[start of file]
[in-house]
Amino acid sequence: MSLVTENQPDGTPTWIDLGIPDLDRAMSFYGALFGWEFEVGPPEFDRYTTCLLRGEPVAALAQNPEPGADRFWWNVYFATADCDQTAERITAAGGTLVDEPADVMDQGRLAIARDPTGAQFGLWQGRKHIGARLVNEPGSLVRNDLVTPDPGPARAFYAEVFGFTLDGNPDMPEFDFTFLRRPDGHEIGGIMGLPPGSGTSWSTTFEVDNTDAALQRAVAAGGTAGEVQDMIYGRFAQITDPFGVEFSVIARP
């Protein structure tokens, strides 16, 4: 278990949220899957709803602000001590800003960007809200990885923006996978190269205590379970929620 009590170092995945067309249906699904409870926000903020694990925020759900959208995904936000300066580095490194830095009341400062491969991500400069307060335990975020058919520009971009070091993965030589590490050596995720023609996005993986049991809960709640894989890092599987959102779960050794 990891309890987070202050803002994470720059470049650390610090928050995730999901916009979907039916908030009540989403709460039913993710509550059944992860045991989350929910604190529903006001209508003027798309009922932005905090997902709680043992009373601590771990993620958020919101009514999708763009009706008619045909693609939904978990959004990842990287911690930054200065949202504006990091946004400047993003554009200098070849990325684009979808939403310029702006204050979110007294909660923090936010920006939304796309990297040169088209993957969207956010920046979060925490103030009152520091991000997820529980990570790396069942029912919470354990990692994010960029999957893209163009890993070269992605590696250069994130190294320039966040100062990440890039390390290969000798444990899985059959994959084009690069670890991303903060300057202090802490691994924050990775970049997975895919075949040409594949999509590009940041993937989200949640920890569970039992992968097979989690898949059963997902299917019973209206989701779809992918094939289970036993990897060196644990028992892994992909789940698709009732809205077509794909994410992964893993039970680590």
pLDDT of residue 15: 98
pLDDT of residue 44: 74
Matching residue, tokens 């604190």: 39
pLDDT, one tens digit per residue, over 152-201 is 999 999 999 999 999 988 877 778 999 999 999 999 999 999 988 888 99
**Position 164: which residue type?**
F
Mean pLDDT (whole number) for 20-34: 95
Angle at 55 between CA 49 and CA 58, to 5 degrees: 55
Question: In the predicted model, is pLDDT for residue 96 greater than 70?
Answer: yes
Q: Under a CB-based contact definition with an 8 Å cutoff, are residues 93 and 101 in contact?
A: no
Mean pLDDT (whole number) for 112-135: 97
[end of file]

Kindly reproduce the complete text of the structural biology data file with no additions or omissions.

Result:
[in-house]
Amino acid sequence: MSLVTENQPDGTPTWIDLGIPDLDRAMSFYGALFGWEFEVGPPEFDRYTTCLLRGEPVAALAQNPEPGADRFWWNVYFATADCDQTAERITAAGGTLVDEPADVMDQGRLAIARDPTGAQFGLWQGRKHIGARLVNEPGSLVRNDLVTPDPGPARAFYAEVFGFTLDGNPDMPEFDFTFLRRPDGHEIGGIMGLPPGSGTSWSTTFEVDNTDAALQRAVAAGGTAGEVQDMIYGRFAQITDPFGVEFSVIARP
């Protein structure tokens, strides 16, 4: 278990949220899957709803602000001590800003960007809200990885923006996978190269205590379970929620 009590170092995945067309249906699904409870926000903020694990925020759900959208995904936000300066580095490194830095009341400062491969991500400069307060335990975020058919520009971009070091993965030589590490050596995720023609996005993986049991809960709640894989890092599987959102779960050794 990891309890987070202050803002994470720059470049650390610090928050995730999901916009979907039916908030009540989403709460039913993710509550059944992860045991989350929910604190529903006001209508003027798309009922932005905090997902709680043992009373601590771990993620958020919101009514999708763009009706008619045909693609939904978990959004990842990287911690930054200065949202504006990091946004400047993003554009200098070849990325684009979808939403310029702006204050979110007294909660923090936010920006939304796309990297040169088209993957969207956010920046979060925490103030009152520091991000997820529980990570790396069942029912919470354990990692994010960029999957893209163009890993070269992605590696250069994130190294320039966040100062990440890039390390290969000798444990899985059959994959084009690069670890991303903060300057202090802490691994924050990775970049997975895919075949040409594949999509590009940041993937989200949640920890569970039992992968097979989690898949059963997902299917019973209206989701779809992918094939289970036993990897060196644990028992892994992909789940698709009732809205077509794909994410992964893993039970680590």
pLDDT of residue 15: 98
pLDDT of residue 44: 74
Matching residue, tokens 């604190």: 39
pLDDT, one tens digit per residue, over 152-201 is 999 999 999 999 999 988 877 778 999 999 999 999 999 999 988 888 99
**Position 164: which residue type?**
F
Mean pLDDT (whole number) for 20-34: 95
Angle at 55 between CA 49 and CA 58, to 5 degrees: 55
Question: In the predicted model, is pLDDT for residue 96 greater than 70?
Answer: yes
Q: Under a CB-based contact definition with an 8 Å cutoff, are residues 93 and 101 in contact?
A: no
Mean pLDDT (whole number) for 112-135: 97